have been
blessed at Altadena Rotary to have
speakers from the many outstanding
colleges and universities in the greater
Pasadena area. One of these institutions
is Fuller Theological Seminary. Last Thursday (January 28), Roberta King, Associate
Professor of Communication and Ethnomusicology at Fuller was our speaker and
Sparks is published 48 weeks a year and is the
official publication of the Rotary Club of Altadena. The deadline for submission of articles is Friday at 6p to current editor email, fax, or delivery.
Rotary Club of Altadena - #7183
Chartered: February 14, 1949
P.O. Box 414, Altadena, CA 91003
Meets: Thursday, 12:10p
Altadena Town & Country Club
2290 Country Club Drive • Altadena, CA
Rotary Int. Pres. ................................. Gary Huang
Dist 5300 Gov. ...................................Larry Skaggs
Hal Yorke, Pres. ..........................Bus. 626-577-9800
Steve Cunningham, Pres. Elec ..Bus. 626-786-1937
Dennis Mehringer, V. Pres. .........Bus. 626-577-9800
Gordon Seyffert, Sec................Bus. 626-345-0658
Mike Noll, Trea..........................Bus. 626-683-0515
Mike Noll • John Frykenberg
Steve Cunningham • Dennis Mehringer
Gordon Seyffert • Mike Zoeller • Ed Jasnow
Steve Cunningham ...................... Administration
Ed Jasnow............................................ Foundation
Jacque Foreman ....................... Public Awareness
Jacque Foreman ......................Acting Publicity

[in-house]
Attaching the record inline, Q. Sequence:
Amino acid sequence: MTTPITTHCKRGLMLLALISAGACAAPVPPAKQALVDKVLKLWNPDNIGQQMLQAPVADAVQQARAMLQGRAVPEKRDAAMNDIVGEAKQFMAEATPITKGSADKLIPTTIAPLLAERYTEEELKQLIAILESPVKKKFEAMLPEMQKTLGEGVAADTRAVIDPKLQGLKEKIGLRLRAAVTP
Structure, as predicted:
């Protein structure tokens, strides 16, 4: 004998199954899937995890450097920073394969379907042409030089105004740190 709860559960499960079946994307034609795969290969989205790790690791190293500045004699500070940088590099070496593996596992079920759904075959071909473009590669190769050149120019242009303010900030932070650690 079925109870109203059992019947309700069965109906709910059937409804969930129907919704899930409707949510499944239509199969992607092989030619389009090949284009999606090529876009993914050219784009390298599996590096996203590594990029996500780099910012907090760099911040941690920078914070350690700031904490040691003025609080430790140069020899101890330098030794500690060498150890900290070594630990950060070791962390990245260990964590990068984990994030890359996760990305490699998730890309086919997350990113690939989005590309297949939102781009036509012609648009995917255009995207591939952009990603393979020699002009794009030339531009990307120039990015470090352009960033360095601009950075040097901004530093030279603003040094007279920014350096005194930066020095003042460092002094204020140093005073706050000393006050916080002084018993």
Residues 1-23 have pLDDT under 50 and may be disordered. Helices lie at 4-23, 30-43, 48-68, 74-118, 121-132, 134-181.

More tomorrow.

Jacque Foreman ....................... Sparks/Website
Mike Zoeller ..................................... Club Projects
Craig Cox........................................ Community
John Frykenberg ..........................International
Tony Hill .......................Youth Contests/Awards
Mike Zoeller ................................Youth Projects
Ray Carlson .......................................Vocational
Tom McCurry....................... Asst. Vocational
Craig Cox........................................Membership
Editor, Design & Typesetting........Foreman Graphics
Photography .................................... Jacque Foreman
gave a presentation on the use of music to
communicate ideas and concepts.
King studied music at the undergraduate and graduate level and began her
missionary career in Kenya at Daystar
University in Nairobi Kenya. While in Kenya, she learned of the power of music to
communicate the Christian gospel within
varying cultural concepts. King spent over
twenty years in Africa. She established the
Department of Christian Music Communication at Daystar University. When she
strated the program, she had 12 students.
By the time she left in 2000, there were
2500 students in her program. She also
worked for many years with WorldVenture, a US based mission society, working
with church leaders in 11 African nations,
to develop songs for communicating the
gospel in over 80 different languages.
According to King, there are over 3000
World Understanding Month
languages in Africa. But there is much
illiteracy in Africa. Over 40 perceent of
adults are illiterate; they cannot read
or write. Many use music as a way to